His absolute independence is what saved him in all the years that he stayed in Raqqa, the Syrian city where photographer Aboud Hamam was born and raised and that he refused to leave, even during the years that Isis was in charge. Under the current rule, he finally let go of his pseudonym for years, Nur Firat. “I miss Nur Firat sometimes,” Hamam said during a recent interview in Raqqa. “He achieved a lot.”
The interview takes place at the banks of the river Euphrates, which streams through the city. There is a tea garden, if you can call it that: five broken plastic chairs under the trees and around a small water basin, where fresh tea is served in small glasses. In one of the trees, a garden hose is wrapped around a branch. Tiny holes are punctured in it, causing a fine, lukewarm rain to drizzle down on the tea drinkers. Aboud Hamam comes here daily to escape the summer heat. The rest of the day, he walks through Raqqa, both his professional camera and his smartphone always ready to shoot. Hamam said: “Most of my colleagues are in Europe or the US now; most of them I don’t even know exactly where. I will never leave. I want to share the real picture of the city.”
In the early days of the Syrian uprising and the subsequent Syrian war, Hamam worked for Sana, the Syrian state news agency. He worked mostly in Damascus and earned a good income. It is in those days that he first started to use the pseudonym Nur Firat – the last name is Arabic for Euphrates. Hamam explained: “I used it for photos that could get me in trouble with certain groups in the conflict. Sometimes, mostly when there were jihadists on the pictures, I wouldn’t use a name at all.”
In 2013 Hamam decided to quit working for the regime’s news agency. He returned to Raqqa, where the Free Syrian Army was trying to take control, and started working for Reuters. During much of 2013, several groups, among them jihadists, tried to take the upper hand, until, in the early days of 2014, Isis won. Soon, the group declared Raqqa the “capital” of its so-called caliphate. It is in these times that Abood Hamam made a crucial choice, he explained: “Photographers who were in favour of the FSA, left the city when Isis was getting stronger. Those who returned later were therefore suspected by Isis of FSA sympathies. I hadn’t left, so this suspicion didn’t apply to me. This is why Isis didn’t bother me.”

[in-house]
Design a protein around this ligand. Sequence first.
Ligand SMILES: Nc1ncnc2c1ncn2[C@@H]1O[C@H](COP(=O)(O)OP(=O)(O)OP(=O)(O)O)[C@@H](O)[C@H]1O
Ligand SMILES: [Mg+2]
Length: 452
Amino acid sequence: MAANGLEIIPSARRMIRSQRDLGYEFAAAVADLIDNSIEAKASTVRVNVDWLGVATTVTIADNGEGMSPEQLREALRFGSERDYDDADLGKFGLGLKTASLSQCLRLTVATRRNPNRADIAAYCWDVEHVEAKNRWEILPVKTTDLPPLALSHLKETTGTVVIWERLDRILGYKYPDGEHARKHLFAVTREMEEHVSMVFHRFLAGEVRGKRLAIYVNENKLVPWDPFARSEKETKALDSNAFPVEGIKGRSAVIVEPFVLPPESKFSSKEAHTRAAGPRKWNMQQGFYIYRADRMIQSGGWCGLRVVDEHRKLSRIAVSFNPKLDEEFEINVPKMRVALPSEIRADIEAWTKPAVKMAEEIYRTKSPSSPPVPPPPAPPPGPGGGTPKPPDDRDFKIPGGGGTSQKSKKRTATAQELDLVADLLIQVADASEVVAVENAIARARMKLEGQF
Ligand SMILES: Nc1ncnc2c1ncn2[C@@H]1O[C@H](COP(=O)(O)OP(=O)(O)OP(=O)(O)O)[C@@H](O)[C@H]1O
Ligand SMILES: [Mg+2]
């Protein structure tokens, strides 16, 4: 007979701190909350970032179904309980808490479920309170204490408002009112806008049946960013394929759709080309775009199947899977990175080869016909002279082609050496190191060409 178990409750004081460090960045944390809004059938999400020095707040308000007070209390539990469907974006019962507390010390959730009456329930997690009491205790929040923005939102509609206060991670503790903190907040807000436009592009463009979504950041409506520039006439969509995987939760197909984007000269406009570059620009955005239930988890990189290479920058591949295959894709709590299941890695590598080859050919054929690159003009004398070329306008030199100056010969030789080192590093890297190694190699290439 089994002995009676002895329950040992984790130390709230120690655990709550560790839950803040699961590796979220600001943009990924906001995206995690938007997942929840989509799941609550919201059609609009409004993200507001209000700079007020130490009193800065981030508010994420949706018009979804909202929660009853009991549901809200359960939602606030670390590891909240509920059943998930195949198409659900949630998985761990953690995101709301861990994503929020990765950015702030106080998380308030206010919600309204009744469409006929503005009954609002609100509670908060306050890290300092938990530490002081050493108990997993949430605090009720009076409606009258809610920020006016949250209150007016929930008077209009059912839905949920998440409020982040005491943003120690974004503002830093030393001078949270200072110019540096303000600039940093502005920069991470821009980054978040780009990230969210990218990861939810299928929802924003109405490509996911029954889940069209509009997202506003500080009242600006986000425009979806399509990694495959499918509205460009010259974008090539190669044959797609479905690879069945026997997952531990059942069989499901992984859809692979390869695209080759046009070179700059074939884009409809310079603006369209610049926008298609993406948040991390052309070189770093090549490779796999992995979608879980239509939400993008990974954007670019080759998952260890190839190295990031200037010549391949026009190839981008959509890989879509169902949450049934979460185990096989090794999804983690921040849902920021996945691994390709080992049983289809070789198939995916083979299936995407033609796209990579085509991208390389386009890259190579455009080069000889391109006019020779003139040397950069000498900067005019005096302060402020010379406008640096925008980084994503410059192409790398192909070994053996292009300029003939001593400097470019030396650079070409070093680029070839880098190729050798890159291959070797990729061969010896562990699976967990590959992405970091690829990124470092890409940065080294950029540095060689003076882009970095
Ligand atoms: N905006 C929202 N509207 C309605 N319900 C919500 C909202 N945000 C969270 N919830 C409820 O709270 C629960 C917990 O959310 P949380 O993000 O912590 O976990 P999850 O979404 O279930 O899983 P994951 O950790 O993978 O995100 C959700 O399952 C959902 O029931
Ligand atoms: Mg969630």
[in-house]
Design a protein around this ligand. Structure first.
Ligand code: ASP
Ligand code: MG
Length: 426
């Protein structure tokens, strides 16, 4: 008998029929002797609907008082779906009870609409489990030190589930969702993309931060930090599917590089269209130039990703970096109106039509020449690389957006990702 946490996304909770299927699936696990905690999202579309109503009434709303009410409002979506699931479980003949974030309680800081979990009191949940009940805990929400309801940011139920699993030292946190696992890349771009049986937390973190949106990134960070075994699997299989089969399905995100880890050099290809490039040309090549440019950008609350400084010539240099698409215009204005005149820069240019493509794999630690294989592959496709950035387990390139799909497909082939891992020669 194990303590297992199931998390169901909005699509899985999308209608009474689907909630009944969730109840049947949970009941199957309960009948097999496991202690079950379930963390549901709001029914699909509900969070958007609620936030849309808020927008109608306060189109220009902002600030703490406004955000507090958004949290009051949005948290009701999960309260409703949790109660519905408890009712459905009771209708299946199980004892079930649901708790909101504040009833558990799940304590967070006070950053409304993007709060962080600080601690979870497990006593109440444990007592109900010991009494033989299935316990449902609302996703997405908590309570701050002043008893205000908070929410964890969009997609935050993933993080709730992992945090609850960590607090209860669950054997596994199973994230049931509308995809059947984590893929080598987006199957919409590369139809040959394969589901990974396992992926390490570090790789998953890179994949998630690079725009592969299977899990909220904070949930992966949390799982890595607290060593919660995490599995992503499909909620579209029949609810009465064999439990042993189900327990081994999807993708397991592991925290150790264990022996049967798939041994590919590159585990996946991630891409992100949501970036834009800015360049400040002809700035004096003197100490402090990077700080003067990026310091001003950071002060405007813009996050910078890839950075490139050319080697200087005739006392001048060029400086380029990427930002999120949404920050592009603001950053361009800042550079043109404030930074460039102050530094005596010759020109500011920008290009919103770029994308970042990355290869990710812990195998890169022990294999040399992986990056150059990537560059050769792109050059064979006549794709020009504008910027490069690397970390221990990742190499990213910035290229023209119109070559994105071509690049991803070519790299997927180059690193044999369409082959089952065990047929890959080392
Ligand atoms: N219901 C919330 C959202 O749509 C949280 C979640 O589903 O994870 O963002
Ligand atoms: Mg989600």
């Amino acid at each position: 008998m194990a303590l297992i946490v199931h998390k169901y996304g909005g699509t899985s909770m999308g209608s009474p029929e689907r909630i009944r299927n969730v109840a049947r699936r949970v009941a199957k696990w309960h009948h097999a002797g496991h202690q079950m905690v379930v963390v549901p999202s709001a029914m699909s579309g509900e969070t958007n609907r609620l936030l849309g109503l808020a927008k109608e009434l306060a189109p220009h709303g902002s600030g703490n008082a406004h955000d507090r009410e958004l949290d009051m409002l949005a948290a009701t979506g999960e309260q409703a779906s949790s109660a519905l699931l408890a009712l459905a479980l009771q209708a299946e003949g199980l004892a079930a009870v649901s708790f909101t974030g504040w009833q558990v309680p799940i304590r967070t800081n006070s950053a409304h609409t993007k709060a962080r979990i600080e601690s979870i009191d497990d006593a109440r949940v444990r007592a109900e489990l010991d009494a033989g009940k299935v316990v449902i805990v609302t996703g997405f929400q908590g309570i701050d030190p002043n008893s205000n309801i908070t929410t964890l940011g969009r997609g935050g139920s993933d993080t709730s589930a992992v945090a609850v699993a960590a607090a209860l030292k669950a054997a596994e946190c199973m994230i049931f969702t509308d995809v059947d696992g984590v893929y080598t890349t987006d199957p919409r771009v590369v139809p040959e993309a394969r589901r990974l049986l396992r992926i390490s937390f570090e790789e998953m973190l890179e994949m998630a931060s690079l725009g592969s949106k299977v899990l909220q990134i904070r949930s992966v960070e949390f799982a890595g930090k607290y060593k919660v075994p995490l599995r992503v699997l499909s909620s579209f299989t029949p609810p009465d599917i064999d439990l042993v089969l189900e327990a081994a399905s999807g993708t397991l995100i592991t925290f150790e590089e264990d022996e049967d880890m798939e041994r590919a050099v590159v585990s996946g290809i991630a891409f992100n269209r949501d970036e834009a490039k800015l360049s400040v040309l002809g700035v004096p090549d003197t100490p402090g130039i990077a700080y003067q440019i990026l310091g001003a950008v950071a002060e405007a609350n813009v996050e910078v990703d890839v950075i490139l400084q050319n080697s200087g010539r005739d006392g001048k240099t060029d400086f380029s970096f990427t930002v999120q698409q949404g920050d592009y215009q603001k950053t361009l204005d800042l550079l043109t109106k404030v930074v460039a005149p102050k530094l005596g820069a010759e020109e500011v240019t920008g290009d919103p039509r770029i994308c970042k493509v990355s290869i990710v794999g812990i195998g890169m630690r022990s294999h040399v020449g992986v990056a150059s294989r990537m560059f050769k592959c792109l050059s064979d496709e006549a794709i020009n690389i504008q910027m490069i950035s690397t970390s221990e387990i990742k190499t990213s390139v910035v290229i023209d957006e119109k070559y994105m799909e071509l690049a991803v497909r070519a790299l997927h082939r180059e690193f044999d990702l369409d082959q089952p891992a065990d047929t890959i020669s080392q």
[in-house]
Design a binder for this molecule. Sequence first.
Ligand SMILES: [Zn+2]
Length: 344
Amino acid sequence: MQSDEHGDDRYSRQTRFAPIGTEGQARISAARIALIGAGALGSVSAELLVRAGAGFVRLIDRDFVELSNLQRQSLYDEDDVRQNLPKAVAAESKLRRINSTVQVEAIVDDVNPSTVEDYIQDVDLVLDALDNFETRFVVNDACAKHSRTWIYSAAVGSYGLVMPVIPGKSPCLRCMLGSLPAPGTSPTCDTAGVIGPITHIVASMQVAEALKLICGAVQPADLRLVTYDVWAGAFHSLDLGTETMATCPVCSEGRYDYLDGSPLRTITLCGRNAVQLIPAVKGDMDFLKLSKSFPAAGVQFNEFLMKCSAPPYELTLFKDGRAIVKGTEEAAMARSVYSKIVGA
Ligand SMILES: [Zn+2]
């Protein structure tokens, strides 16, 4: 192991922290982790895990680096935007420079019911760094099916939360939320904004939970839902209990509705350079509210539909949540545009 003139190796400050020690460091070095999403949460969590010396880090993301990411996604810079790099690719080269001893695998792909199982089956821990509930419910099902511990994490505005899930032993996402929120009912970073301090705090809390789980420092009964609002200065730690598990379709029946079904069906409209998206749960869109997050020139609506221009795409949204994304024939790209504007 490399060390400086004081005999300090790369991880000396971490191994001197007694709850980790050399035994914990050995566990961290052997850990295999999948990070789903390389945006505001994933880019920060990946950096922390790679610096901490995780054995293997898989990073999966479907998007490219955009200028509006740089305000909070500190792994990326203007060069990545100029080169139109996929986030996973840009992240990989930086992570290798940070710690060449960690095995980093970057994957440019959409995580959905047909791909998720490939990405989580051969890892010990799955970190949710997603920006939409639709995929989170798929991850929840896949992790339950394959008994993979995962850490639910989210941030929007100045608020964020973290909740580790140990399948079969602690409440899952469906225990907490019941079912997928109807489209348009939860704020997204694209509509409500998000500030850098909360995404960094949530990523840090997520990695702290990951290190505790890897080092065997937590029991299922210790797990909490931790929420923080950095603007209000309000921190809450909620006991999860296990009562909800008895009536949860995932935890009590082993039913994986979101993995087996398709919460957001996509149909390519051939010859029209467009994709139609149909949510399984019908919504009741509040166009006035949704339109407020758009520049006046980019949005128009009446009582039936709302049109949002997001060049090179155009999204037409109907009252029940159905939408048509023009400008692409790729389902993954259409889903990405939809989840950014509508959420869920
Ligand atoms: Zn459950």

He continued photographing. “Isis allowed photographers to take photos of things they wanted the world to know,” Hamam said, “but I secretly took other pictures too, for example of their tortures and crimes. Those I shared under my pseudonym.”
He smiled when he added: “Sometimes I used the name Abu Nur Libiye, because I had made some foreign fighters believe that I was from Libya.”
He left Raqqa for five months to visit his family, which had taken refuge in Saudi Arabia. When he came back, permission to take pictures had ended because too many images came out that Isis didn’t approve of. “I confined to taking pictures of trees by the river,” Hamam remembered. “There were eyes on me all the time, at every checkpoint they would check the photos on my phone.”